Feature check: 24cm mowing width; 20-60mm grass height; 5,000mÂ² coverage; 45% slopes; 60 minute charge time; 270 minute battery life; 58db noise level; 31 x 72 x 56cm; 13.9kg; GPS and 3G.
- GPS and 3G on board
- Cuts superbly
- Navigates complex gardens
- Expensive as heck
- Big, bulky machine
- Still needs boundary line
Gardena Smart Sileno City
Only capable of covering an area a tenth of the size of the 450x - and hills half as steep - the clue is in the name for Gardena's entry level model... it's designed for small urban gardens with a small lawn to manage.
But, even though it's half the size of the much more expensive Husqvarna (same parent company, incidentally) and the cutting width is 50% smaller at 16cm - it has been doing a great job of keeping our lawn in check so far this year - although it did take around a week to get it in order in the first place.
It's a nifty three-wheeler that navigates around garden obstacles well - albeit looking a little clumsy at times and, while the run time is only just over an hour (from an hour's charge), the small area of grass it's charged with maintaining only needs a couple of runs per day.
There's no GPS and you will have to put an extra 'return' boundary wire in your garden to get it back home to its base, but it does retain some security smarts - as you'll need to enter a pin number if it's manually lifted.
At 58db, it hardly makes a sound and the Gardena smart gateway and app also ties in products such as water controls, so you can get your garden fully automated. From within the app you can set schedules for cutting, or you can just leave it to the Smart gateway to keep it going for you.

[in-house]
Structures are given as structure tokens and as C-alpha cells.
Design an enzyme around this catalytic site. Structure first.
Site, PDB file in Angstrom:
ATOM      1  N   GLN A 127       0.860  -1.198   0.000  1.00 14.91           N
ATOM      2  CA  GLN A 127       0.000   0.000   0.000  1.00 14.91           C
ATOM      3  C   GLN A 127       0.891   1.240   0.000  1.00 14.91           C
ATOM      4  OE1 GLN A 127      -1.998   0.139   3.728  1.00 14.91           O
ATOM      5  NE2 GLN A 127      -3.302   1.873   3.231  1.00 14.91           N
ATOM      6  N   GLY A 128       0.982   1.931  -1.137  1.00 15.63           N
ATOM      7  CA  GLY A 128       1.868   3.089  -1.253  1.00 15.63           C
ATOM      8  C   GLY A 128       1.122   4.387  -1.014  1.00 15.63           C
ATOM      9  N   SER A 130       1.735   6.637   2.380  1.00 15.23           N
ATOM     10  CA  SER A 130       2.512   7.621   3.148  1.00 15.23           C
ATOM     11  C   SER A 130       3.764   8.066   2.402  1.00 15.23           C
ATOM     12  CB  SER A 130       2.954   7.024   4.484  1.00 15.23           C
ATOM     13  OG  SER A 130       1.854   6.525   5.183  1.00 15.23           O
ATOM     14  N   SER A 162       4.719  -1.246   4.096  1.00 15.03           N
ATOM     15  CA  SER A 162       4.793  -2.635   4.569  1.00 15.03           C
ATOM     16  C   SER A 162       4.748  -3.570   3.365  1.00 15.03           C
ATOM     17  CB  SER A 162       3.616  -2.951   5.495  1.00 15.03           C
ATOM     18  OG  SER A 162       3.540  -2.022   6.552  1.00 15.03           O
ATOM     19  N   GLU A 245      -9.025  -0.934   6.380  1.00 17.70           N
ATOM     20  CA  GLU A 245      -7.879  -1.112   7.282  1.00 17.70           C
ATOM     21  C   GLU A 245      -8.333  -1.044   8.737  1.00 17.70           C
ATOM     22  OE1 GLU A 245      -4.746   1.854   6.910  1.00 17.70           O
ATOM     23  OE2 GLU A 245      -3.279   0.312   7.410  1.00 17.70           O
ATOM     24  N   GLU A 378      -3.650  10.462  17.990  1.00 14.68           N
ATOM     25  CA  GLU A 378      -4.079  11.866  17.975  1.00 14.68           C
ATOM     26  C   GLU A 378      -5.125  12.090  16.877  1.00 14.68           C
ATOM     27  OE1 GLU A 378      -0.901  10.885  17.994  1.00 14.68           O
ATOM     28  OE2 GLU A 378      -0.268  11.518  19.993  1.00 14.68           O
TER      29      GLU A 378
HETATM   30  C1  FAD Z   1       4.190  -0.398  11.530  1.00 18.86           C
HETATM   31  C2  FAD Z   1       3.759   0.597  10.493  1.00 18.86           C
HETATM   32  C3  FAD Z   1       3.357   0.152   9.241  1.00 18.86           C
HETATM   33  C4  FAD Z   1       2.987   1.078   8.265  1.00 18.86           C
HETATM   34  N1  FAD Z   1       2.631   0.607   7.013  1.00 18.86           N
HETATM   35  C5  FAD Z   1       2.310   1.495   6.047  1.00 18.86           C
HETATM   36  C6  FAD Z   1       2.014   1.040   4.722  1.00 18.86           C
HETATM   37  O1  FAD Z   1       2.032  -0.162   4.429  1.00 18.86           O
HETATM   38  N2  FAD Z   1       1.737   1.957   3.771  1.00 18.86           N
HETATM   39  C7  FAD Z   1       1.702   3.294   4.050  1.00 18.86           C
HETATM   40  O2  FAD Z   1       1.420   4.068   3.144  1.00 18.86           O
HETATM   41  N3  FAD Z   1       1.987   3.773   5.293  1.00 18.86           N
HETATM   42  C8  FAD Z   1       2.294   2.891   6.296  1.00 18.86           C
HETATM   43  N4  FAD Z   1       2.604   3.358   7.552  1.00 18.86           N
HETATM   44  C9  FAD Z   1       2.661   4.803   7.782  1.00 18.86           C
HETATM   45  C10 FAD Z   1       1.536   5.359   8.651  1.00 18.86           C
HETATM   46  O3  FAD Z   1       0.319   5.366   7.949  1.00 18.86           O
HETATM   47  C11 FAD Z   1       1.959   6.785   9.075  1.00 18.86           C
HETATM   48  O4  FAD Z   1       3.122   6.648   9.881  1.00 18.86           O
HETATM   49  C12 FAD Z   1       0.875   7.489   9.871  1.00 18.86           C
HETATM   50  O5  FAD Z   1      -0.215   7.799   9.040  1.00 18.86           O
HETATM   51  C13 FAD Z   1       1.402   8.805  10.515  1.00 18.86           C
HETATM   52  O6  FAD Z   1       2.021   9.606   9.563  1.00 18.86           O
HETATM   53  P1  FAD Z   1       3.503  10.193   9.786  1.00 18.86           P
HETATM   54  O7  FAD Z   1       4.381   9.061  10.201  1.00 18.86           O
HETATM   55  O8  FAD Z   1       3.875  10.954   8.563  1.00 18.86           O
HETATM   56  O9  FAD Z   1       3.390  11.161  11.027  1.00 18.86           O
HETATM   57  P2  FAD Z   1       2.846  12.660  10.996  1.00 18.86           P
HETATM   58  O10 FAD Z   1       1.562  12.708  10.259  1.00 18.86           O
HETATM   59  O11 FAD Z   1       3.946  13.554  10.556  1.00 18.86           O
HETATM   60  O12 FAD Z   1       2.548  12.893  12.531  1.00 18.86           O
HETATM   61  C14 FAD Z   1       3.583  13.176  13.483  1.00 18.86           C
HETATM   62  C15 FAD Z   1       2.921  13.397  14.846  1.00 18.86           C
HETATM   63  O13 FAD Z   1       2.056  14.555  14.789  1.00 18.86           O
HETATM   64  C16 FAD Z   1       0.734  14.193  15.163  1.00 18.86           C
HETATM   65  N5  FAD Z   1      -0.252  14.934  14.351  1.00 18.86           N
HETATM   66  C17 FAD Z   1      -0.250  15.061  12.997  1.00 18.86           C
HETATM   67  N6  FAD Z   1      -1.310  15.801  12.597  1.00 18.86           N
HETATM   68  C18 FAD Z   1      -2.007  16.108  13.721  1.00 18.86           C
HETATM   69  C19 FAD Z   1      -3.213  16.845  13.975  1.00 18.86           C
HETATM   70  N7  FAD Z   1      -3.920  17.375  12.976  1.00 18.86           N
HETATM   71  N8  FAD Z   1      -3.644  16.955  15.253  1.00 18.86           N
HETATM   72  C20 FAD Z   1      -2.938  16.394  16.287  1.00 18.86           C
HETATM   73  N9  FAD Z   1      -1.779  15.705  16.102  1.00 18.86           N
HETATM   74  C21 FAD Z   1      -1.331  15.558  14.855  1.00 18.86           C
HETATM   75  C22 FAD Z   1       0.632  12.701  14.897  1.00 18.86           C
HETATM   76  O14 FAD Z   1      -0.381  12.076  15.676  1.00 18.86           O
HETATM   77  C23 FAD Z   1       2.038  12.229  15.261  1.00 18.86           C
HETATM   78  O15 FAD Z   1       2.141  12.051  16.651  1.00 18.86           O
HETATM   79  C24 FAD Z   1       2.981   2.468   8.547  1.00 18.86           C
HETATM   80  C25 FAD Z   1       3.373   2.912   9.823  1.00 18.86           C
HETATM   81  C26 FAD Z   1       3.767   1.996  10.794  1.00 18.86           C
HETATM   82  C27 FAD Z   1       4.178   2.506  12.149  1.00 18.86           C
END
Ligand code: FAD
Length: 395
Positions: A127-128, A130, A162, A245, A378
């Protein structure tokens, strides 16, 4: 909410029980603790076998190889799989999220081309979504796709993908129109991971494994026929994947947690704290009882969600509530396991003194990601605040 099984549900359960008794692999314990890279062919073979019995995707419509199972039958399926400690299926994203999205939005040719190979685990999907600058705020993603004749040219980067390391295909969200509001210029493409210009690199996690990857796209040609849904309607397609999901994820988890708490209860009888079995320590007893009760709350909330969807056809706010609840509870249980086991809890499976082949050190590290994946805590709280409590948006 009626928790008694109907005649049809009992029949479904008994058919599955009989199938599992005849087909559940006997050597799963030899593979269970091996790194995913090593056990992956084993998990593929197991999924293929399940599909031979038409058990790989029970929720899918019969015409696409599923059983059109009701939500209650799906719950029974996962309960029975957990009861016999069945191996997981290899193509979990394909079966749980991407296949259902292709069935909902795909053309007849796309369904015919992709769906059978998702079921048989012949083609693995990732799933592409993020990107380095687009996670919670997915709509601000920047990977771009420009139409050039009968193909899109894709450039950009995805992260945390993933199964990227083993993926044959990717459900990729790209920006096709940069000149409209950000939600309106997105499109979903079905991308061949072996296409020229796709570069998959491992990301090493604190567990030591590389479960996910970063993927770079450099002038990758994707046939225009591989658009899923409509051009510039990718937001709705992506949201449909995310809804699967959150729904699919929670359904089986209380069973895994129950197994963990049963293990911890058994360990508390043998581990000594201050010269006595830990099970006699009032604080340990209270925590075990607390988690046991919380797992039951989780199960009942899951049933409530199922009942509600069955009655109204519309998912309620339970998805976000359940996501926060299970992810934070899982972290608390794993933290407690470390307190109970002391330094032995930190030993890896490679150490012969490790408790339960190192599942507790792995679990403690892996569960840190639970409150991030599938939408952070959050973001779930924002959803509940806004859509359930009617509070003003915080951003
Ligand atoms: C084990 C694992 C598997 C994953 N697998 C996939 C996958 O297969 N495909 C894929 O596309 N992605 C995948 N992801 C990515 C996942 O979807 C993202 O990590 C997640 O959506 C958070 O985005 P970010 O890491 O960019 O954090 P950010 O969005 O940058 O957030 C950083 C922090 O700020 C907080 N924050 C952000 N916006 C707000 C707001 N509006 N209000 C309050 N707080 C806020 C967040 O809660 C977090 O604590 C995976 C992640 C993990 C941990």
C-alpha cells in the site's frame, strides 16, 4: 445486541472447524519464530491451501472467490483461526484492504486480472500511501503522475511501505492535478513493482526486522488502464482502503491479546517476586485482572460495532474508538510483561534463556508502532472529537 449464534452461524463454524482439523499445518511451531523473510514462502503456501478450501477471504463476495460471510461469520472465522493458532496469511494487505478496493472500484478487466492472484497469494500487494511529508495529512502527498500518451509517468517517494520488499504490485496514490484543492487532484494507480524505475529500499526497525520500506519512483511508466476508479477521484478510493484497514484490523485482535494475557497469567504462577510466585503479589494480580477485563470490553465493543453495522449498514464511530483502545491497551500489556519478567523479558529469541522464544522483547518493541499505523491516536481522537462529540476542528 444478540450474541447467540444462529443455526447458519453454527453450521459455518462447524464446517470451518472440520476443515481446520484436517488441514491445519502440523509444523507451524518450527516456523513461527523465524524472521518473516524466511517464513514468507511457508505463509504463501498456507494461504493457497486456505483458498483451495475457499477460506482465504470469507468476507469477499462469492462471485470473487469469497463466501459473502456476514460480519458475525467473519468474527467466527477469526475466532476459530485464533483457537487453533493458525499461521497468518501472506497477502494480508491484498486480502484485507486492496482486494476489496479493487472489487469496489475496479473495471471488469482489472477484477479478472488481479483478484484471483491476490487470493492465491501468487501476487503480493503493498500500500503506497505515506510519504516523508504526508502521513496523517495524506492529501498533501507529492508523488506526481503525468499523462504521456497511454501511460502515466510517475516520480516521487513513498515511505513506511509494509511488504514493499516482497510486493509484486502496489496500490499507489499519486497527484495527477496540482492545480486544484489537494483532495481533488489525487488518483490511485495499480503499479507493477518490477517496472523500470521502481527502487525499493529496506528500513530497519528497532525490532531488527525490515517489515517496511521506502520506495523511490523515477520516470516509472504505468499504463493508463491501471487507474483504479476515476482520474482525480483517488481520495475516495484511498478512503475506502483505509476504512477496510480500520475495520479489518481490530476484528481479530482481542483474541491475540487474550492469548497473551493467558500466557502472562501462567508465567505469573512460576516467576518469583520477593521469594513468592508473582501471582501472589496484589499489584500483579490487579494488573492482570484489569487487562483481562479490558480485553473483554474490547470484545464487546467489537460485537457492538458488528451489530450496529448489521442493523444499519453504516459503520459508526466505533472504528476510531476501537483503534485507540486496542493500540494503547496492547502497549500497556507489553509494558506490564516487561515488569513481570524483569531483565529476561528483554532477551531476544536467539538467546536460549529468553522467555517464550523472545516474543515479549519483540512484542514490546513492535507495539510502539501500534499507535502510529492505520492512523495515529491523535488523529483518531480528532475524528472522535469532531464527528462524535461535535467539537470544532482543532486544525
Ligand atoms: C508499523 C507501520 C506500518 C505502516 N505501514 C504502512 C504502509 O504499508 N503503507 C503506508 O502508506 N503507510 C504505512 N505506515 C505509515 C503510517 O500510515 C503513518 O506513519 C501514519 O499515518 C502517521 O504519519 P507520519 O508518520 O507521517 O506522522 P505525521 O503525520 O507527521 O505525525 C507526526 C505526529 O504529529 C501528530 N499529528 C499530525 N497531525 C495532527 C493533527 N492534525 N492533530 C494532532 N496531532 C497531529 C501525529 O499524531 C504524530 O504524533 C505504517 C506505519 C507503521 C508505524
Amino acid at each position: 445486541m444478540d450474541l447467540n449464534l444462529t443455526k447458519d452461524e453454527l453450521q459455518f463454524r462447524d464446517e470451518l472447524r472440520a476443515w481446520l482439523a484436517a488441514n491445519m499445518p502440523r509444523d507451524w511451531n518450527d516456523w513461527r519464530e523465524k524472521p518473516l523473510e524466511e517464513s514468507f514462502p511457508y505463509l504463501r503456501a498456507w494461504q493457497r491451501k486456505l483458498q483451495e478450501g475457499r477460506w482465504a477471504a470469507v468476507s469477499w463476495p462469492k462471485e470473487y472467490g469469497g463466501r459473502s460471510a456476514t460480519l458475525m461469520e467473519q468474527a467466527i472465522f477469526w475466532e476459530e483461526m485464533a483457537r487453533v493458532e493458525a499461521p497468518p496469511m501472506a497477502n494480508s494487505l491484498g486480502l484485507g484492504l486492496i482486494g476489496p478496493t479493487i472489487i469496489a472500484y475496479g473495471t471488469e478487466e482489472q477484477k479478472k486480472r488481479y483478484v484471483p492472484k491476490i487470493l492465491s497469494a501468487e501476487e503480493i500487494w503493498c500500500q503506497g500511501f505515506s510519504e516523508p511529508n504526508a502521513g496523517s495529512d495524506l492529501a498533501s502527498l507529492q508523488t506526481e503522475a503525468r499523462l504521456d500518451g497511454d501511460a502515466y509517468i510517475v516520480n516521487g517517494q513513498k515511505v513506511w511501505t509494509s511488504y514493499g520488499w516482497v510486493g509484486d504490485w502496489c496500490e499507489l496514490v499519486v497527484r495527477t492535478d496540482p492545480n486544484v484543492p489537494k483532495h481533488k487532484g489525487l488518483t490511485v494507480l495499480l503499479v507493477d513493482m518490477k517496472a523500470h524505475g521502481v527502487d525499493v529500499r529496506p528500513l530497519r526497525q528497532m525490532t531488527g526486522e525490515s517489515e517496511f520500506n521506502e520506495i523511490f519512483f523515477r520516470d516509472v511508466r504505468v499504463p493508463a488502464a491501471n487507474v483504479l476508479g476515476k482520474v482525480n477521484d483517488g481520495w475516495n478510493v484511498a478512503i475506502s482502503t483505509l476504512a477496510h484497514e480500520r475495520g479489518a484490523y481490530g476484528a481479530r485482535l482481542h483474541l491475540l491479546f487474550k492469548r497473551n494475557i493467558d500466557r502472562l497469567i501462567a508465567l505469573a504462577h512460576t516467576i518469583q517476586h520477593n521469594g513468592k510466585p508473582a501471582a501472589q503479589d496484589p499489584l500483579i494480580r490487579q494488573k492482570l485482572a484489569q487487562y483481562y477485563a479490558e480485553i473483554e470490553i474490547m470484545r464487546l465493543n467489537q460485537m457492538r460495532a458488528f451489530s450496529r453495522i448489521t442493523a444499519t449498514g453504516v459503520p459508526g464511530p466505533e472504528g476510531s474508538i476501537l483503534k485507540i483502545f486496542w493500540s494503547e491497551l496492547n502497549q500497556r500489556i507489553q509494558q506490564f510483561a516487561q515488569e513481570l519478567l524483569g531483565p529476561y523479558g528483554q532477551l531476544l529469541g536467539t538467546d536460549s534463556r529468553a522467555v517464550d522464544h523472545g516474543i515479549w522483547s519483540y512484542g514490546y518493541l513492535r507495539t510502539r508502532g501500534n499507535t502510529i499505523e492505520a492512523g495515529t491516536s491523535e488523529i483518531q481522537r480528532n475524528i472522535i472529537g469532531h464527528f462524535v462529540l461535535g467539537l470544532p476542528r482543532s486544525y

Feature check: 16cm mowing width; 20-50mm grass height; 500mÂ² coverage; 25% slopes; 60 minute charge time; 65 minute battery life; 90-110 mins, 58db noise level; 38 x 55 x 23cm; 7.3kg.
- Small, lightweight
- Gardena app is nice
- Competitive price-point
- A bit clumsy
- Lacks some bells and whistles
- Extra return wire needed
Top robot lawn mowers: Others to consider
As mentioned, we're in the process of fully testing a whole load of other robot mowers, including some of the models listed below...
Robomow RS635 Pro SX
A rival to the 450x at a similar $3,000-ish price point, the RS635 Pro SX employs a dual triangular blade setup to cut grass - combined with a TurboMowâ mode where it will automatically adjust for longer grass, automatically reducing the drive speed while increasing power to the blades. It can cover the same area as the 450x but not handle hills quite so steep.
One of the biggest bargains in the robot lawn mower world, you'll find Flymo's entry level bot on sale for around $600. Your dad had a Flymo lawnmower, didn't he? It's a brand you know has pedigree when it comes to cutting lawns.
Bosch Indego 400 Connect
A mid-ranger that employs parallel blades to cut grass simultaneously, so as it doesn't miss patches. Bosch has also programmed the 400 Connect to begin mowing at different start points every time, in order to reduce over-mowing and streaks. You'll find it for around the $1,000 mark.